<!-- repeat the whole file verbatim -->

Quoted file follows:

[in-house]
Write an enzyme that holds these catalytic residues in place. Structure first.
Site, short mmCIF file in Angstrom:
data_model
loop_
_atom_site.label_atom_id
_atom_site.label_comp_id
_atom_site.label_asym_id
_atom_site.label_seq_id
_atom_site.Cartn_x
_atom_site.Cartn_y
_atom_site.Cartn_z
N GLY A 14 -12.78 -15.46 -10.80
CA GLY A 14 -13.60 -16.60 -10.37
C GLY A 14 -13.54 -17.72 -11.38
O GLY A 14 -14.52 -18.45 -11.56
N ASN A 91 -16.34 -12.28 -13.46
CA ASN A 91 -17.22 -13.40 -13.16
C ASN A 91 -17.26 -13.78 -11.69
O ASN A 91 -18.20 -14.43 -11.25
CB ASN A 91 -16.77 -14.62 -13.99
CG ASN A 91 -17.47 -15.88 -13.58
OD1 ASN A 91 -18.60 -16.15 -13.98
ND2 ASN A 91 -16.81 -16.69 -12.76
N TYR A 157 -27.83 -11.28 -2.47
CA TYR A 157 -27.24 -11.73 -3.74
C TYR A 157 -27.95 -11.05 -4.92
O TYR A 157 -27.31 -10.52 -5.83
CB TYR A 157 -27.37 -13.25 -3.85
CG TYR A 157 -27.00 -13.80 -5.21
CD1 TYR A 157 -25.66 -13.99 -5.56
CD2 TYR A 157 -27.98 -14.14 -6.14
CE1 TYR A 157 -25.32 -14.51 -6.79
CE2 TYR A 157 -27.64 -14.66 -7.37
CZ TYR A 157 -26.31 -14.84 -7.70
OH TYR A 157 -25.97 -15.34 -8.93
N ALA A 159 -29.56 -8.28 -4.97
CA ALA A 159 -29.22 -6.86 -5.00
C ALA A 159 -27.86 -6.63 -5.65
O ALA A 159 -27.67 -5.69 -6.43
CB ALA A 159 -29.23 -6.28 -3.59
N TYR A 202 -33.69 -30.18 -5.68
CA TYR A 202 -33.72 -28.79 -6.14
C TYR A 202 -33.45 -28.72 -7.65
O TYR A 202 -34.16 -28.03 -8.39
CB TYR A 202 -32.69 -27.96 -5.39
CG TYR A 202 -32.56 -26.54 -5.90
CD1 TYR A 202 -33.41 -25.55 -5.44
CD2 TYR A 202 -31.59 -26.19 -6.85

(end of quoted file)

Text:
[in-house]
Write an enzyme that holds these catalytic residues in place. Structure first.
Site, short mmCIF file in Angstrom:
data_model
loop_
_atom_site.label_atom_id
_atom_site.label_comp_id
_atom_site.label_asym_id
_atom_site.label_seq_id
_atom_site.Cartn_x
_atom_site.Cartn_y
_atom_site.Cartn_z
N GLY A 14 -12.78 -15.46 -10.80
CA GLY A 14 -13.60 -16.60 -10.37
C GLY A 14 -13.54 -17.72 -11.38
O GLY A 14 -14.52 -18.45 -11.56
N ASN A 91 -16.34 -12.28 -13.46
CA ASN A 91 -17.22 -13.40 -13.16
C ASN A 91 -17.26 -13.78 -11.69
O ASN A 91 -18.20 -14.43 -11.25
CB ASN A 91 -16.77 -14.62 -13.99
CG ASN A 91 -17.47 -15.88 -13.58
OD1 ASN A 91 -18.60 -16.15 -13.98
ND2 ASN A 91 -16.81 -16.69 -12.76
N TYR A 157 -27.83 -11.28 -2.47
CA TYR A 157 -27.24 -11.73 -3.74
C TYR A 157 -27.95 -11.05 -4.92
O TYR A 157 -27.31 -10.52 -5.83
CB TYR A 157 -27.37 -13.25 -3.85
CG TYR A 157 -27.00 -13.80 -5.21
CD1 TYR A 157 -25.66 -13.99 -5.56
CD2 TYR A 157 -27.98 -14.14 -6.14
CE1 TYR A 157 -25.32 -14.51 -6.79
CE2 TYR A 157 -27.64 -14.66 -7.37
CZ TYR A 157 -26.31 -14.84 -7.70
OH TYR A 157 -25.97 -15.34 -8.93
N ALA A 159 -29.56 -8.28 -4.97
CA ALA A 159 -29.22 -6.86 -5.00
C ALA A 159 -27.86 -6.63 -5.65
O ALA A 159 -27.67 -5.69 -6.43
CB ALA A 159 -29.23 -6.28 -3.59
N TYR A 202 -33.69 -30.18 -5.68
CA TYR A 202 -33.72 -28.79 -6.14
C TYR A 202 -33.45 -28.72 -7.65
O TYR A 202 -34.16 -28.03 -8.39
CB TYR A 202 -32.69 -27.96 -5.39
CG TYR A 202 -32.56 -26.54 -5.90
CD1 TYR A 202 -33.41 -25.55 -5.44
CD2 TYR A 202 -31.59 -26.19 -6.85